|[MASTER INDEX] [DATE INDEX] [THREAD INDEX] [SUBJECT INDEX] [AUTHOR INDEX]|
|[Date Prev] [Date Next] [Thread Prev] [Thread Next]|
May 30, 1995 04:35 PM
by Jerry Schueler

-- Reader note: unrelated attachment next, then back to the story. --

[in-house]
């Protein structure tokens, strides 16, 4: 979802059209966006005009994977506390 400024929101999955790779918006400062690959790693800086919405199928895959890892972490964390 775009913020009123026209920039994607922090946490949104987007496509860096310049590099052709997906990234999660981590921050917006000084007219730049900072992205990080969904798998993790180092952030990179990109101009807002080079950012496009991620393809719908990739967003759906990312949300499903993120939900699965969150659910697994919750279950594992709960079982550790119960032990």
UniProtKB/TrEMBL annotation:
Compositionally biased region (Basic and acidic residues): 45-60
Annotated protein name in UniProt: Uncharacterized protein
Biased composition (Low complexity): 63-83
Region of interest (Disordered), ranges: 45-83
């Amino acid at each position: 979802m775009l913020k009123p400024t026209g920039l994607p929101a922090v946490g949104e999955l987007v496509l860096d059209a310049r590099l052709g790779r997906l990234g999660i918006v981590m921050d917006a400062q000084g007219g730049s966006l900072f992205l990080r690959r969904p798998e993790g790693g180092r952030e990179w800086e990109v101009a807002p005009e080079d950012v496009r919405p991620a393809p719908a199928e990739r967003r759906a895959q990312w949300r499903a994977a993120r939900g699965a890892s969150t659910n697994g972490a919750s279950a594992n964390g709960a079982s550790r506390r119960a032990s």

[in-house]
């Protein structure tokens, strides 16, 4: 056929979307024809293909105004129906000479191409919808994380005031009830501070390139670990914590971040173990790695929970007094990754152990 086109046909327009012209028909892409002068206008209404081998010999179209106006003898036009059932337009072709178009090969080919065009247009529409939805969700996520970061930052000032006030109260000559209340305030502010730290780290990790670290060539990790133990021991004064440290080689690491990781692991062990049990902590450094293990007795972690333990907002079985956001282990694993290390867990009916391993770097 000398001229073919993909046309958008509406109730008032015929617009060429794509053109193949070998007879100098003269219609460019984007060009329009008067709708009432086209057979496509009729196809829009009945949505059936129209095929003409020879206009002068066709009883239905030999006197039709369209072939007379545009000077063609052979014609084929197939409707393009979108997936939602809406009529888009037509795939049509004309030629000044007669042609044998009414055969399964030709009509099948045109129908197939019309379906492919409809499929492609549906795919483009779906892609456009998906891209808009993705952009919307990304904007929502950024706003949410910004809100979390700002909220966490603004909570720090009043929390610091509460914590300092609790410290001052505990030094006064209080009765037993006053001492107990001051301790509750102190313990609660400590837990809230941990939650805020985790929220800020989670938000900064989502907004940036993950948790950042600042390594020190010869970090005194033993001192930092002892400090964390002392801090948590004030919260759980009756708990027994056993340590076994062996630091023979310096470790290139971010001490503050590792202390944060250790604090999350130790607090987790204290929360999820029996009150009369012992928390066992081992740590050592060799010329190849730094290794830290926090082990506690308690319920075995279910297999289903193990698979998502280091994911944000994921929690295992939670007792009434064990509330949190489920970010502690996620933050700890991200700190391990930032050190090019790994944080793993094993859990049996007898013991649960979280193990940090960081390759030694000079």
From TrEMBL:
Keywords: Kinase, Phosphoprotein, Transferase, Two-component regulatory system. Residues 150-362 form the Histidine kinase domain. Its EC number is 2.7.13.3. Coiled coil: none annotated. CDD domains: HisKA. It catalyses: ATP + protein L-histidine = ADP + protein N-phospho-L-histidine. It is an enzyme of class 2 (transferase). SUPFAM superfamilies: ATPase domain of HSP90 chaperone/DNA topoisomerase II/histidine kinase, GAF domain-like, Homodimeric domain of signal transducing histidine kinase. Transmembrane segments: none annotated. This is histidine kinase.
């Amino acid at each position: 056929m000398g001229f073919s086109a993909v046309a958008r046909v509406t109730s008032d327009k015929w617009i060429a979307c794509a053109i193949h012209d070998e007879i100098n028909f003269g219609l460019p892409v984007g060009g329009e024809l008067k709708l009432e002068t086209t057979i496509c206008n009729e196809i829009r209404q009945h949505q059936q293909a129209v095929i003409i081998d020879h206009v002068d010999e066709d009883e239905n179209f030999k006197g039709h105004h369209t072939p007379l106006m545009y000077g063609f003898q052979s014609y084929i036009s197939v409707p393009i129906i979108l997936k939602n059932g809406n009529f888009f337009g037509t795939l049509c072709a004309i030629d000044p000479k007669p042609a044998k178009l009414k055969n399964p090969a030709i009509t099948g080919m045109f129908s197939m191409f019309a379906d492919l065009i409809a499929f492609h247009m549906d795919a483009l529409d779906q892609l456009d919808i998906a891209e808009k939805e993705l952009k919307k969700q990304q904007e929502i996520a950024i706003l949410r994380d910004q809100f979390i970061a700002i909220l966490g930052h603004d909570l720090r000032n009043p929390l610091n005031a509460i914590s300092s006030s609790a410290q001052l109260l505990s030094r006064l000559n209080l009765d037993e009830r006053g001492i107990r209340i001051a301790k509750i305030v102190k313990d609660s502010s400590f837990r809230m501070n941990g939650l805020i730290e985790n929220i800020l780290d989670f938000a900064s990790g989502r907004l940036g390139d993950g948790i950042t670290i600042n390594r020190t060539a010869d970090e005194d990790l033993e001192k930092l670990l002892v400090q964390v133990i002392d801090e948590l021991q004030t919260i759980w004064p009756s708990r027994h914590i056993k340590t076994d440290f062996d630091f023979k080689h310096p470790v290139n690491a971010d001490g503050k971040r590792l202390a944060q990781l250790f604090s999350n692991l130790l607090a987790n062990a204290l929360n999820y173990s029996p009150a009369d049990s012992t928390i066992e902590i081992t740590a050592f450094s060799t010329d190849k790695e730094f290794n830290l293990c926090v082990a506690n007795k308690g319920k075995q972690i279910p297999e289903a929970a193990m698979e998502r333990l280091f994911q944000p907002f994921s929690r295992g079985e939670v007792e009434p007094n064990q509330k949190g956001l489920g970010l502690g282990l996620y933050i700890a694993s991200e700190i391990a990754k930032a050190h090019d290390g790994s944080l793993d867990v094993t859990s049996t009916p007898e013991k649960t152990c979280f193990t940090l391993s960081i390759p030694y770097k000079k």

Arthur: <Ok, since it is legit to add to the major arcana what are these new archetypes and what energies are they contributing to our consciousness? It is back to my previous post - do these things live or not and if they do how do you know if they are operative in our lives?> First of all, I am not so sure that it is a given that additional trump cards are "legit." I doubt if traditionalists would ever accept them. The number of trump cards (and minor arcana cards too) depends on how you want to structure the universe. If you add cards, then you must also add regions somewhere in the universe. While this is easily done, it is not so easily accepted by the layman - those who read the Tarot cards or those who feel that tradition is important in the significance of symbolism. I feel that it is very legit for the Enochian Tarot, because the Enochian universe has a different structure from the Qabalistic universe. And, I did not make it up, but rather it was given to John Dee by Angels (and who am I to argue with an Angel?). According to HPB, monads that express themselves in our universe cannot skip any of the cosmic planes. So, we must express ourselves on each cosmic plane all the way down to the physical. I intepret this to mean that we have a part of ourselves in each major realm of the invisible universe - and a subtle body suitable for each cosmic plane. These are all "operative in our lives" to some extent. We are more than our physical body. So, we can assume that each Tarot card, or at least each major arcana card, represents both an external realm or deity, and an internal state or energy or force as well. When we look at a Tarot trump, we are looking at the symbols of both an external and an internal state of our being. The Empress is both a goddess and an archetype. The Hanged Man is symbolic of both an external event (the descent of the Silent Watcher or cosmic Christ) and an internal event (the sacrifice of our own spiritual state of bliss in order to take on physical manifestation). The Hierophant is both external Adept and inner divinity. And so on with all of the trump cards. The following is something that I wrote several yers ago on Tarot smbolism which some may find useful. SYMBOLS IN THE TAROT MAJOR ARCANA The Tarot cards were originated long before modern psychology. The designers, whoever they may have been, attempted to preserve key religious, sociological, and psychological processes and relationships, and yet had not the proper words in which to express their ideas. Their language was limited to expressing the experiences of the common man of those times. For example, the notion of ego and the subtle relationships between ego and the subconscious were totally unknown to the common man, and thus no words had been coined to express them. In short, their task was to preserve as well as to disseminate the esoteric ideas realized by the highest mind's of their day, but they had very limited exoteric means in which to work. Their answer to the problem was the use of symbols. H.P. Blavatsky expressed this process when she wrote, "The primative purity of a creed can become soiled; its apostles can degrade and soil it by the inevitable admixture of human element. But its symbolism as the concrete expression of some now lost idea of the founder, will survive forever." (COLLECTED WRITINGS, Vol XIII, page 300). Because the ancients couched their ideas in symbols, they have survived through the centuries. Unfortuneately, the meaning of many of the symbols used has either become lost over the long span of years, or has been changed in subtle ways. This has led to the many discrepancies that exist in the numerous Tarot books available today. Modern authorities each read into the symbols their own biases and views, and in some cases, have deliberately "refined" the cards to better reflect their own ideas. The main symbolism used in the Major Arcana cards are as follows: The Fool. The Marseilles shows the fool as a court jester holding a baton and standing near a cliff. This symbolism suggests silliness, but perhaps a deliberate silliness. The Waite deck (this is the popular name of the deck made famous by A.E. Waite) is more complex. It shows a young wanderer holding a rose and a walking stick, to which a bag is tied, walking off a cliff. A dog romps at his side. This suggests a happy and carefree attitude that could be dangerous. The Golden Dawn deck (this is the deck used by the Hermetic Order of the Golden Dawn, and was probably created by one of its founders, McGregor Mathers) shows a naked child holding the reins of a wolf while plucking fruit from a tree. This symbolism, probably the most esoteric of any of the cards, suggests that the fool is innocence, and that pure innocence can check animal passions while surviving quite nicely on what nature provides. The Magician or Magus. The Marseilles deck shows a parlor magician going through a magic act of some kind with various `tools of the trade' on a table. This is the popular view of the magician; one who does sleight of hand, and who employs gimickery. The Waite and G.D. decks are a bit more sofisticated. They both show a true magician in robes, with his four traditional weapons: a sword, a wand, a cup, and a pantacle. The High Priestess. The Marseilles deck shows the goddess Junon (Juno), wife of the god Jupiter and a peacock. The more traditional goddess shown most other decks is Isis. The symbols here are lunar and suggest a lunar or occult vision (for example, the intuition as opposed to common sense). The Empress. Most all decks agree that this card is symbolized by a mature woman wearing a crown and seated on a throne. This suggests the feminine side of the psyche, perhaps the anima of Carl Jung, or any strong feminine authority. She is the archetypal mother, the ultimate feminine creator and provider. The Emperor. Most all decks agree that this card is symbolized by a mature man wearing a crown and seated on a throne. This suggests the masculine side of the psyche, perhaps the animus of Carl Jung, or any strong masculine authority. He is the archetypal father, the ultimate masculine creator and provider. The Hierophant. Like the Emperor, this card is usually shown as a mature man wearing a crown and seated on a throne. The Marseilles deck shows the god Jupiter. Some decks show this as the Pope or some other religious leader which clearly distinguishes the difference between the Hierophant and the Emperor; the former is religious while the latter is civil or social. The symbolism here suggests the conscience. The Lovers. The Marseilles deck shows Cupid about to shoot one of his famous arrows into a young couple. All decks show a man and woman together, and the general theme is love. This card suggests the union of opposites, especially masculinity and femininty, anima and animus. Cupid is the symbol of romance, but one that is usually governed more by emotions than by rational thought. The Chariot. Most decks agree that the main symbol of this card is a chariot. Usually a charioteer is also shown. The theme is powerful deliberate motion toward a fixed goal and thus a victory over space. The card symbolism suggests the spiritual impulse which sooner or later will drive man to seek his true nature. Justice or Adjustment. The main symbol for this card is a balance or scale used for measuring weight. The scale is held by a goddess who holds an upright sword. The symbolism represents karma, the law of cause and effect, which seeks a balance or moderation in all things. The Hermit. Almost all decks agree that the symbolism of the Hermit is an older man in a robe holding a staff in one hand and a lamp in the other. The lamp is a symbol of the inner light of truth. The theme here is the wise old sage, the inner guiding light of conscience illumined by the intuition. The Wheel of Fortune. The main symbol of this card is a wheel. The wheel is a symbol for cycles, and the card represents the law of cyclic manifestation. The original symbols of this card were meant to portray the doctrine of reincarnation, as well as other cyclic processes. Strength/Lust. Most cards use the symbol of the lion in this card. The lion as the "king of beasts" is a traditional symbol for strength. Some cards also show a man, while others show a woman, who is controlling the lion in some way. The theme here is controlled strength, or inner resolve that is directed toward a goal. The Hanged Man. The Hanged Man is just that, a man hanging upside down from a wooden scaffle of some kind, ususally in the form of a cross. Most cards show the man with his left leg bent to form a cross with his legs. The cross is the traditional symbol for sacrifice. The theme here is the deliberate undergoing of a selfless sacrifice, usually for the purpose of helping others. Death. Death is symbolized by a human skeleton. Sometimes the skeleton is shown holding a sickle to suggest that death levels all living beings. The theme is the process of death, which is an ending or completion of something that we have known. Death also implies change of some kind, a transformation. Temperance/Art. This card is usually depicted by an angel who is pouring water from one vase into another. The water is the "water of life" and its being poured suggests that a necessary change of some kind is taking place. The card symbols not only imply the skill or ability that is required to `get through' unwanted experiences, but those needed to turn such experiences to your advantage in some way. The Devil. The main symbol here is a devil. The Marseilles deck shows a stereotyped middle-ages Christian concept of Satan complete with horns and a forked tail. The Waite deck is much more refined, showing the stereotyped version of a devilish black magician. Most cards also show a naked man and woman chained to a block. The theme is Black Magick and the card suggest slavery or confinement. The symbolism strongly suggests the wrongness of an overinflated ego. The Lightening Struck Tower. Almost all decks agree on the basic theme of this card. A stone tower is shown being struck by a bolt of lightening with two people falling from the destruction. The card suggests bad karma of all kinds, but especially destruction and ruination. In at least one sense, the card represents the Fall of Man, because the lightening bolt is a symbol of an "act of God" that forces man to fall from his protective tower, itself a symbol of a spiritual environment, into an unprotected mortality. The Star. The main symbol here is a star. One or more stars is shown over the head of a goddess who is pouring water from two vases into a pool. The goddess is usually shown naked, although the Marseilles deck shows her partially clothed. She is Isis, the goddess of nature, and the waters are the Waters of Life. She is shown returning individual water into a collective pool, thus indicating that nothing in life is ever lost. The theme here is one of hope. The Moon. The main symbol here is the moon, and the cards of all decks amplify the lunar theme with various symbols usually associated with the moon. Most cards show two towers with a stream running between them to illustrate the idea of relationships. A scorpion, lobster, crayfish, or scarab, is often included to represent the forces of regeneration. One or two dogs or jackals are often shown to suggest the idea of the subconscious and the underworld. The theme here is the astral world, the realm of illusions and dreams. The Sun. The main symbol of this card is the sun which is almost always shown with extending rays, and sometimes with a face to suggest solar intelligence. The Marseilles deck shows a young couple together under a sun. The Waite deck shows a naked child riding a horse under a sun. The Golden Dawn deck shows two naked children holding hands under a sun. The sun, as the generator of light and heat, is the symbol for life and the forces of conscious creativity. Judgement. Most decks represent Judgement with an angel blowing a horn above a group of people. The heralding of a trumpet call as an act of divine judgement is suggested here. The Waite deck shows people standing in coffin-like boxes which suggest that an after-death judgement is implied. The Golden Dawn card shows people chest-deep in water implying a renewal or regeneration. The Universe. The last card of the Major Arcana includes the symbolism of the four animals of the Apocalypse and of the vision of Ezekiel. These are the bull, the lion, the eagle, and man. A naked woman stands within a circular wreath. In the Marseilles deck, this woman is the fourth animal, but in most decks she stands apart as a central figure. Her symbolism as the mother of the universe is clearly suggested in the Golden Dawn deck where the wreath is a ring of twelve globes which are obviously the twelve constellations of the Zodiac. The symbolism here suggests that this card includes the entire universe: the physical, emotional, mental, and spiritual planes of existence. Jerry S.